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Why some people are always late (Hint: It’s not because they are rude)

You’re tapping your foot, looking at your iPhone, and trying really hard to just breathe.

Yes, your colleague or friend is late — again.

It’s frustrating to consistently have to wait to meet with a colleague or boss. You may have other tasks to complete and want to get out of the office on time, and the person’s lateness prevents you from doing that.

Even when the person is a friend, and the activity is social, lateness can be annoying. Maybe you don’t want to miss the first five minutes of a movie or risk having your dinner reservations canceled because your pal is too late.

Your feelings are valid. Understanding why people are always late may help you cope — and surprise you. Most notably, it may be comforting to know the person isn’t trying to be rude or disrespectful. Let’s discuss reasons for chronic lateness and how to deal.

a man in a cab looking at his watch
Image used with permission by copyright holder

Why are people always late?

Understanding why someone is late can help put the situation in perspective and enhance your empathy for them. Every person is unique. Your tardy friend’s reasons may be different than your boss’, but there are some common causes of chronic lateness.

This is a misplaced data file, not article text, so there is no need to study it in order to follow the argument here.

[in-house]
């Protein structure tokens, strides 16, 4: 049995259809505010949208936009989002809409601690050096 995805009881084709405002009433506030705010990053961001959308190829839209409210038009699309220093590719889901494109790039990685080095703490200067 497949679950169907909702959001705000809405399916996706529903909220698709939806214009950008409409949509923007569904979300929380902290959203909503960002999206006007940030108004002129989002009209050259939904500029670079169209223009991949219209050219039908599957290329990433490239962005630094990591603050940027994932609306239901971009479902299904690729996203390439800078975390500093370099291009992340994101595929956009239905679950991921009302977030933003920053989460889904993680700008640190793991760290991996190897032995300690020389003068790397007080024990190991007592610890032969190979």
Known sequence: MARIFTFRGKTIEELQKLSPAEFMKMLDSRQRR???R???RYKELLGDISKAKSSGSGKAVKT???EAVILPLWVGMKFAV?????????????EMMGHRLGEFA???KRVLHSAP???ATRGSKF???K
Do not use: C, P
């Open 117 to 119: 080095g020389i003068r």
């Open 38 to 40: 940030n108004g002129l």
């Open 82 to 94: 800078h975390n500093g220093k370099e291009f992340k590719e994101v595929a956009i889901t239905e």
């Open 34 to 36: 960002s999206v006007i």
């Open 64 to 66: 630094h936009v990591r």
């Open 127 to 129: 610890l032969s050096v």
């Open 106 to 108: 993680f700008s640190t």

Perception of time

Have you ever experienced a day where the minutes feel like hours? Other times, you may look at the clock and find yourself shocked it’s already 5 p.m. It turns out, some people experience time differently regularly. In one study, a researcher divided participants into two types: Type A and Type B. People in the Type A group tended to be more punctual, while Type B’s were later.

Perception may have been to blame. Type A’s thought a full minute had passed by the 58-second mark. The Type B group thought a minute had passed after 77 seconds. A few seconds may not feel like much, but it can add up over time and make people with Type B personalities a few minutes or more late chronically.

Social anxiety disorder

Social anxiety is a common type of anxiety that about 12 percent of U.S. adults experience during their lifetime. People with social anxiety disorder often avoid gatherings, whether they’re large or with one person. They may make excuses for why they can’t attend an event. If they do go, it may take them a while to find the courage to get out the door. These moments can ultimately cause them to be late.

They may also intentionally try to be the last person there, so they aren’t stuck talking to someone — a potential trigger for their condition — while waiting for others to arrive.


Sometimes, delays happen, such as canceled trains or increased traffic, and even punctual people wind up late. However, many people usually budget a little extra time for commutes to allot for these potential snafus.